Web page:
Dramatop Introduction: 50 kdramas included in 2016 ranking

This entry is part 1 of 21 in the post series Dramatop 2016

It’s been just 17 days since Kdramapal was launched so I thank everyone who read the posts on Kdramapal’s website and liked its Facebook page. It still has a long way to go to make a name for itself and organize everything from the website appearance to the main content it is going to be about in the long run. For now, let me introduce Dramatop: Korean Drama Rankings  2016, a post series that will rank Korean dramas in the past year according to their average national viewership ratings. It’s going to happen every January of the year and this post marks the first part of Dramatop.

Part 1 introduces all the dramas that are included in the 2016 ranking, but before I start enumerating them, let me talk about drama ratings first and why I have decided to make this post series. Hundreds of Korean dramas had been released in the past years and more are going to air in the years to come. Certainly, you can’t watch all of them and have to make your priorities. If you’re going to select a drama to watch, how are you going to do it? You might choose based on the actors you like or the plot you are interested in. In my case, when I am not interested in any drama that is currently airing and I have to select dramas from the past years, I would like to watch good dramas first that are considered superior to others by some standards. For that purpose, I have once tried searching BEST DRAMAS OF [INPUT YEAR HERE] but Google did not give me reliable results. So I came up with an idea to publish my own list and Dramatop has been conceptualized.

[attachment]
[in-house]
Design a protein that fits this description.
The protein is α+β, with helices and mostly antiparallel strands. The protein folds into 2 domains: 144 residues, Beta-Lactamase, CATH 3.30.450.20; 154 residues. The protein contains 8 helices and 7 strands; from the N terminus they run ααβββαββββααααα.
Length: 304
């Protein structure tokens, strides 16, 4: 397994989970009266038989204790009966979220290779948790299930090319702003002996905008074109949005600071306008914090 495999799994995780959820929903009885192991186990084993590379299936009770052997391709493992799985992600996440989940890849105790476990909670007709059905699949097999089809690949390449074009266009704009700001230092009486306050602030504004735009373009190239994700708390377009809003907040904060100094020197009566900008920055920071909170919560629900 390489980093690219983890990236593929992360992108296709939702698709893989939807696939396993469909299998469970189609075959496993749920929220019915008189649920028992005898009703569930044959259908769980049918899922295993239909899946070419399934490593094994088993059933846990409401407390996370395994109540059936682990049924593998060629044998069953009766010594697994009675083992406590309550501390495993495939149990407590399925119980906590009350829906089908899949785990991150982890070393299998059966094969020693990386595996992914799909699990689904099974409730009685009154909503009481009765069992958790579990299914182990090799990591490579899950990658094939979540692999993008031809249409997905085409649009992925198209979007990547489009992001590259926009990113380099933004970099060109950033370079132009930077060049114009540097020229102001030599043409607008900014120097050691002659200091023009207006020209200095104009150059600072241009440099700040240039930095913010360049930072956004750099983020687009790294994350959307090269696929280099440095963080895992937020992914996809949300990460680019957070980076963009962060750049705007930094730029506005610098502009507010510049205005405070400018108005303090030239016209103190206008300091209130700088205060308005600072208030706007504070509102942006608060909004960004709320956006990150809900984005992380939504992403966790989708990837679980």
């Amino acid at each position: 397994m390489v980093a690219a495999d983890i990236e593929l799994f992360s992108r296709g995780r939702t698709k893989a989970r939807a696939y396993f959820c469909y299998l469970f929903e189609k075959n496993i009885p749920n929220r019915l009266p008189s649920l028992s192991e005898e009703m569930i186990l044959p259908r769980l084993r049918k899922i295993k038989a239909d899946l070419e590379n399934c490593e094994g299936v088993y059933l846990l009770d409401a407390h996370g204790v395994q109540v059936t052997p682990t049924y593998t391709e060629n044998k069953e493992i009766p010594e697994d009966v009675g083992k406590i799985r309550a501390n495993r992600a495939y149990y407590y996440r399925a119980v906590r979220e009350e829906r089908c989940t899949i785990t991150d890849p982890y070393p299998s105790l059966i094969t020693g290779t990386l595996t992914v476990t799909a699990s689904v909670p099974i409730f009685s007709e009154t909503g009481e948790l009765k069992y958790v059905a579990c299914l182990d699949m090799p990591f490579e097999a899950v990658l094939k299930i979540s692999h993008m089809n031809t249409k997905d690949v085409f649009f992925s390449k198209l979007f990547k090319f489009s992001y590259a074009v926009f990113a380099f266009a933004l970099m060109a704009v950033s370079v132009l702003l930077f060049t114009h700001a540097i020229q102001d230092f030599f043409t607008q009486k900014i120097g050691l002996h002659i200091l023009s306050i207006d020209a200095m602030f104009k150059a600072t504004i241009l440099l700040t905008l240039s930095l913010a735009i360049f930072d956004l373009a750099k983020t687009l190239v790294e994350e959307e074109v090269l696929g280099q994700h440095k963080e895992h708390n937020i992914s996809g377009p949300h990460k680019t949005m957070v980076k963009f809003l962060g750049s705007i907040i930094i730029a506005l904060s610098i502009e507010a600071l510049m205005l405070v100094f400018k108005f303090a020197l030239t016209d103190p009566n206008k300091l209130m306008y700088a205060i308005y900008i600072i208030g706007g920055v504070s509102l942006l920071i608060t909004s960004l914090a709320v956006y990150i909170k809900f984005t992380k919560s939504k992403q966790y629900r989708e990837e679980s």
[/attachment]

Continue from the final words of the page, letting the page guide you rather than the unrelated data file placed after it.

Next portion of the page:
Don’t get me wrong. Of course, viewership ratings are not necessarily indicative of drama quality. High ratings do not tell us that a drama is certainly a good one; similarly, low ratings do not mean that a drama is bad. However, there are certain dramas that achieved high ratings and won major awards, thereby solidifying their status as dramas that are far better than others. Dramatop, therefore, will you give you an idea as to which dramas to watch first whether you are looking for the best dramas or simply making your choice based purely on viewership ratings.

But hey! Are kdrama ratings important in deciding which dramas to watch? Why should you care about them? You or the viewers in general need not to, especially if your drama choices are based on your favorite actors. Nevertheless, viewership ratings reflect the drama preference of the general audience, so if you are curious to see the dramas that many Koreans watch, checking the ratings would really matter to you as an individual fan. These numbers have more significance to the producers of the show, its actors and the TV station on which it is airing. When ratings are high, the director, writer, and almost everyone involved in shooting the drama are happy and determined to do better in their jobs. There are instances when a drama is extended by one or more episodes due to high ratings and in some cases, even get a whole new season. A good example would be the Reply series of tvN. Reply 1997, the first installment, got good ratings and positive reviews, so Reply 1994 followed and received even higher ratings. The next installment, Reply 1988, got better again in terms of ratings and became the highest rated drama in Korean cable TV history. That feat, perhaps along with other reasons, prompted the director to make the fourth installment which is set to be released in late 2017.